I get to class and look over my lecture slides for the day. Aside from the content, it’s the same as usual – outdated fonts, unorganized layout, blurry images. I look up, and the professor is struggling to hook up his computer to the projector, again. I sigh and consider the same question I have been pondering for so long – why are some physicians so bad with technology?
Most of it, as I understand, is a generational gap – older physicians trained at a time when computers and the Internet were not so pervasive as they are today, and many are playing catch up. But despite the enormous utility of modern tools, I feel that many physicians are still steadfast on old ways. And with Obamacare and the rapid adoption of electronic medical records (EMRs), it is even more important that doctors adapt their clinical routines and practices to accommodate new technology.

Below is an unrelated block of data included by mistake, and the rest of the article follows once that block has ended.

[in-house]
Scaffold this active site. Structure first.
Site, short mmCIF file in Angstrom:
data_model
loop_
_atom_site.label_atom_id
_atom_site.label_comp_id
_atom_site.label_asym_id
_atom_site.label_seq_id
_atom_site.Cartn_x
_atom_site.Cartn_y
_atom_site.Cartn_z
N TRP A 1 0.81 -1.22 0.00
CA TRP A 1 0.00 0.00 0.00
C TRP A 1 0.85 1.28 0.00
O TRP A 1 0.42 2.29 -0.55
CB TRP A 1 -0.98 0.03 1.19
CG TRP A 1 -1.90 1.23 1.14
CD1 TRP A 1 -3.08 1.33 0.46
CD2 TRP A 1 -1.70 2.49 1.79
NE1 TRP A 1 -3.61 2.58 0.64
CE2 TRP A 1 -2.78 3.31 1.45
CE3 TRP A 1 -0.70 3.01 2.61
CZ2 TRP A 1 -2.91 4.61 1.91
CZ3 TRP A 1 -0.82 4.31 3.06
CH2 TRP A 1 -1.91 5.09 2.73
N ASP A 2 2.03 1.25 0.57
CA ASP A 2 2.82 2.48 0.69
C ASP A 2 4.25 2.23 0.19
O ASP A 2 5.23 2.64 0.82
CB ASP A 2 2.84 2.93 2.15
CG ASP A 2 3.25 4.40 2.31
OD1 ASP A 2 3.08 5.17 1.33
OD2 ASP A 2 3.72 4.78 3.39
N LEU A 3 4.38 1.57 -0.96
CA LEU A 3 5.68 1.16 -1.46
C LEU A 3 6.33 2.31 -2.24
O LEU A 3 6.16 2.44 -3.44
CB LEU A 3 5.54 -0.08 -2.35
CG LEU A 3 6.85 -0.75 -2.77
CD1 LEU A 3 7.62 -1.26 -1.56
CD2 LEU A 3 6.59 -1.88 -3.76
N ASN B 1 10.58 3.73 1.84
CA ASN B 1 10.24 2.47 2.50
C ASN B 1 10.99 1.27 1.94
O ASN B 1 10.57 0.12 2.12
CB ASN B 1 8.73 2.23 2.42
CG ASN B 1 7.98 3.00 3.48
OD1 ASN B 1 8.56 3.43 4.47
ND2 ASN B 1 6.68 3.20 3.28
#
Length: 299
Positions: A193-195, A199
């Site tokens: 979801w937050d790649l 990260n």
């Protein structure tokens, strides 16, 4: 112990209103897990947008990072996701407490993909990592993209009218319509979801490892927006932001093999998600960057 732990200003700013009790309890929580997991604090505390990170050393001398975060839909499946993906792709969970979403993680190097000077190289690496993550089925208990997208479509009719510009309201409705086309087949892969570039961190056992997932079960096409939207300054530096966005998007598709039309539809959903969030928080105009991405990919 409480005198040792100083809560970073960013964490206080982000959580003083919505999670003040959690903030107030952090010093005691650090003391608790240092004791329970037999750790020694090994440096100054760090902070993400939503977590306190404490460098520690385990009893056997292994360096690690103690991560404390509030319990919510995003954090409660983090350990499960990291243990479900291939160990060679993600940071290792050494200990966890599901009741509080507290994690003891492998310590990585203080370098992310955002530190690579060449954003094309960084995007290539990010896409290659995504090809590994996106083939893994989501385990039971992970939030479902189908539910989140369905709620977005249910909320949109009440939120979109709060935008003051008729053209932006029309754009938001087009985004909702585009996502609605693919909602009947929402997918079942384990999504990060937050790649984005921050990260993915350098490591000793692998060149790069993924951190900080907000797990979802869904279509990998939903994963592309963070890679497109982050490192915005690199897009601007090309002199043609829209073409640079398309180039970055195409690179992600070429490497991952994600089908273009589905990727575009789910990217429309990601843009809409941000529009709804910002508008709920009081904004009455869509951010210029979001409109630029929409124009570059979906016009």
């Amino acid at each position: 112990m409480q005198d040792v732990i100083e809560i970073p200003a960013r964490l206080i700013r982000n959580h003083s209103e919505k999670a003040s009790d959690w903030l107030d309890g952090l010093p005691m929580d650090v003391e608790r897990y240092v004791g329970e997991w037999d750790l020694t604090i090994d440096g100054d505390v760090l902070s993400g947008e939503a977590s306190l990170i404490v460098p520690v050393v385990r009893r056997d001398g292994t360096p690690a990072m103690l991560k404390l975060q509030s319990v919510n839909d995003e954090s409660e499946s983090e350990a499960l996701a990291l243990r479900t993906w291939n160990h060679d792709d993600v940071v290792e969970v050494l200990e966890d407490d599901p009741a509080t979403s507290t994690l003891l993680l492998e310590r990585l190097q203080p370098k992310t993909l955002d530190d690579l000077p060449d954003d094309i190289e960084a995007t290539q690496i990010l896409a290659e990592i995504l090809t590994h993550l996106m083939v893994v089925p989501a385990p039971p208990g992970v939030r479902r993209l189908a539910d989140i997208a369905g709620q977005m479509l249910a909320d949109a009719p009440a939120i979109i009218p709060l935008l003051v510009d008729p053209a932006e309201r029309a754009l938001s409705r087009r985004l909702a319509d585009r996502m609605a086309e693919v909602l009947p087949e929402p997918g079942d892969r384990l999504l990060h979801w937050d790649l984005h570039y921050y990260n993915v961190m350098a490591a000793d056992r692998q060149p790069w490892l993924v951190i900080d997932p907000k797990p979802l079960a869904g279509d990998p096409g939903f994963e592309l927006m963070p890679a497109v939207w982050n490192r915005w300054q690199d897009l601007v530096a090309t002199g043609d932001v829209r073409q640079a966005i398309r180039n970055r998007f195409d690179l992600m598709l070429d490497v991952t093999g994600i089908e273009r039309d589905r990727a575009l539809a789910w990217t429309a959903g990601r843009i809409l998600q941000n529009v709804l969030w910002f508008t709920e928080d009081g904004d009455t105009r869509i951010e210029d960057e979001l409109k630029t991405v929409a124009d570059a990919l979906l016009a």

I’m reminded of an experience at preceptorship, when I observed an older doctor sit down at a computer to write up a patient note. His eyes squinting at the screen, he ineffectively clicked and typed for a few moments before calling over a younger colleague in frustration. He then dictated the note while his colleague typed, while simultaneously complaining about the new infrastructure he had to deal with. Although, dealing with the complexities of EMRs and other technology can be difficult, it is our duty as doctors to learn and adapt to them – the well being of our patients depends on it.